I decided that this post should could be summed up pretty quickly with just a few pictures, so I’m doing this in more of a blurb format than a blog post :)

The challenge:

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This was to allow some wiggle rooms for teams solving the same challenges.

So I was screwing around with Android app hacking and I figured the Snapchat App for Android would be a cool read. While I was originally more interested in reversing the app and making a script to automate Snapchat it turns out someone has already done it: https://github.com/dstelljes/php-snapchat

Dang it!

The process was no a complete waste however, as I stumbled upon something very weird…

Note: To get this source for yourself you’ll need to get the Snapchat APK. Then use dex2jar to create a .jar file, now you can use a Java Decompiler to view the source (in Java). This is possible because Java compiles into bytecode (an intermediary language) and not into machine code.

So I recently had a good idea (probably in the shower).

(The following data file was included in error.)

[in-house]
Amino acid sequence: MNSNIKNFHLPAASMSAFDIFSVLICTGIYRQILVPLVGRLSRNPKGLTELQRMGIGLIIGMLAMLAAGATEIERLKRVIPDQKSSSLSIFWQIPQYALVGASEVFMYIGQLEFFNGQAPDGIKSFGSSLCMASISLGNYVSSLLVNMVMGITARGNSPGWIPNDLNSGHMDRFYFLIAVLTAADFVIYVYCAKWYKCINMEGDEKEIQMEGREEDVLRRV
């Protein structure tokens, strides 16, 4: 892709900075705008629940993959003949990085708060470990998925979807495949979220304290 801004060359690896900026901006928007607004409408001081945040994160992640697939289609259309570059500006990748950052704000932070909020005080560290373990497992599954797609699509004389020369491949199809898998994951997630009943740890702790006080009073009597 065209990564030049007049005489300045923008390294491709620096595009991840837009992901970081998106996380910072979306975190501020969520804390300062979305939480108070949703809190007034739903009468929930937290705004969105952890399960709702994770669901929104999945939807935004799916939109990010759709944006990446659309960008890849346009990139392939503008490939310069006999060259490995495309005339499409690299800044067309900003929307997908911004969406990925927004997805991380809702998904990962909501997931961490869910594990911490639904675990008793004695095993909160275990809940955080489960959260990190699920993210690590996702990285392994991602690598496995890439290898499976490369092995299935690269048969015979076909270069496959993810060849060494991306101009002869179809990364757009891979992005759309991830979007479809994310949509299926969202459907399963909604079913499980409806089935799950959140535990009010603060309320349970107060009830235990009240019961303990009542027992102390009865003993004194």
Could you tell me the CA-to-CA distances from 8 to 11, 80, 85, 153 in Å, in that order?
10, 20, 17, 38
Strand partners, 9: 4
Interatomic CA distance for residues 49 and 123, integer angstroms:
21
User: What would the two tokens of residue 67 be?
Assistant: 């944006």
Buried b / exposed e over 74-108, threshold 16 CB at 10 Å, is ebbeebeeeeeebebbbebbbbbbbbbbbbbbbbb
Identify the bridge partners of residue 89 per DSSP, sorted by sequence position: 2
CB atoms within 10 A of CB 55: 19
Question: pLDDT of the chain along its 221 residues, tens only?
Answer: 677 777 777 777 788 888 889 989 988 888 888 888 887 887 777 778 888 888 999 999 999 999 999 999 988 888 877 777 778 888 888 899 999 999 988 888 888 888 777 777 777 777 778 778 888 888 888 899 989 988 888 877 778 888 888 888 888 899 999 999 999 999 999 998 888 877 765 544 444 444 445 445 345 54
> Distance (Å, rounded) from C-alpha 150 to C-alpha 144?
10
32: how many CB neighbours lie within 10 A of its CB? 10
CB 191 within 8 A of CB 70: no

One of the biggest issues when trying to penetrate a network is getting past the perimeter. The outside is almost most protected and if you had an internal user hacked you’d be well on your way to full compromise.

The normal idea here is usually to utilize spear phishing or attempt to get a user to click a link to a browser autopwn page, etc. Sadly, most people aren’t too keen on clicking random links they get in emails.

I started to think what email links do I click on? More specifically what links do I click on from users I don’t already know?

The beginning of the Web 200 problem for the Sharif University CTF Quals started with a screen like this:

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So it’s a hybrid login/sign-up form, probably due to the fact that coding two pages is a lot of work for a temporary CTF.

Once you’ve logged in you are presented with a website like so:

While everyone is preparing writeups for the cool challenges I think a lot of people would also be interested in the funny things that went on during CSAW.

Poor Kevin

One of the recon assignments was to find a hidden flag for “Kevin Chung”, the challenge simply starts like this:

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What could possibly go wrong right?